Our mission is to connect people, inspire hope and promote positive change through the stories of our times. We do all contemporary plays – and they are always new to Atlanta (unless we are producing a remount of one of our own works or doing the local premiere of a musical came through Atlanta only on national tour.) So, I look for plays that serve that mission – and plays that serve our diverse audience. People want to see themselves onstage – so I look for plays that offer “windows in” to people of different genders, races, and ages. You will see this in both the plays themselves and across the season. I program a mixture of types of work. Every season has “entry level” plays, usually comedies or musical, that are funny, entertaining and appeal to a wide audience, including non-regular theatre-goers. And every season has plays about contemporary issues that are more serious in nature and appeal to our core audience.
How do you find time to direct? Do you still hope to act? What parts of your job do you like the best?
It is hard to find time to direct – no question. Directing takes all of me, so I really count on our excellent staff when I carve out time to do it. I sometimes miss acting, but no longer want to be out 5-6 nights a week – I have a 15 year old and she became the priority once I had her. I only have a few years left with her now and there is not enough time as it is without adding acting to my plate! When she goes away to college, I suspect I will return to my pre-child life of spending 24/7 devoted to theatre - and more time both directing and acting.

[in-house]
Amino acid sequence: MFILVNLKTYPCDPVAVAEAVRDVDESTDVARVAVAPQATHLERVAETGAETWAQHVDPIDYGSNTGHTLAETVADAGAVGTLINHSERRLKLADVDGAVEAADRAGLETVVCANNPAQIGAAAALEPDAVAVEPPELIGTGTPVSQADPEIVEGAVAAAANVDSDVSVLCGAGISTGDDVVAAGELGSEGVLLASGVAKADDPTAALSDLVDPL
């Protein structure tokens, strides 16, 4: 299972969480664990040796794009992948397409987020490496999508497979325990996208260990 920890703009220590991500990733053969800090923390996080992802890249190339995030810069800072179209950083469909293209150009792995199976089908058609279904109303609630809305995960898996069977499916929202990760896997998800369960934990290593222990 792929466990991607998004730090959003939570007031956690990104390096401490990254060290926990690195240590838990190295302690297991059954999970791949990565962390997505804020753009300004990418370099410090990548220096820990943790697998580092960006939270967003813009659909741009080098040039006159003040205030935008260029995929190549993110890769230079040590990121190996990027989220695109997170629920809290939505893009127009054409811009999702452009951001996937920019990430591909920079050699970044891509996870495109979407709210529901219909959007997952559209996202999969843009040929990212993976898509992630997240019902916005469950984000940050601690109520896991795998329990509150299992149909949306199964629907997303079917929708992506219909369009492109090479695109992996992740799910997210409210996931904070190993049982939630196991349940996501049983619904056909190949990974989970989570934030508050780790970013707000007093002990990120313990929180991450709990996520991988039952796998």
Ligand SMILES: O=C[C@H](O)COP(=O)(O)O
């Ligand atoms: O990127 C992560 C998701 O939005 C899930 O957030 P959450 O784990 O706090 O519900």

What I like best? Creating a new play that has the potential to really make an impact in our community with a playwright who has a shared vision for that work, and seeing that work through from conception to production. And working on that play as a dramaturg, director and producer (“Third Country” or “The Waffle Palace”). Or working with excellent, top of their game actors on a contemporary play by one of our modern masters (“Time Stands Still” or “The Clean House”).
How do you choose the plays that you plan on directing and how do you approach a show that you direct?
I look for a play that I can take on with one or all of these: 1) a writer I love; 2) a play I love; 3) one or more actors I love ;4) a subject matter that feel significant to Atlanta or truly celebrates and builds community.
A new play is a very different approach than an existing one. With a new work, you are asking the questions that shape the play – and also suggesting ideas for the playwright to consider. You are workshopping and reading the play over a 1-3 year period with multiple steps along the way. With an existing play, the preparation job is around fully understanding the play, the author’s intent and the spine of the play and then crafting your intent as a director – why are you directing this, what do you want the audience to think/feel/do at the end.
How do you choose an actor?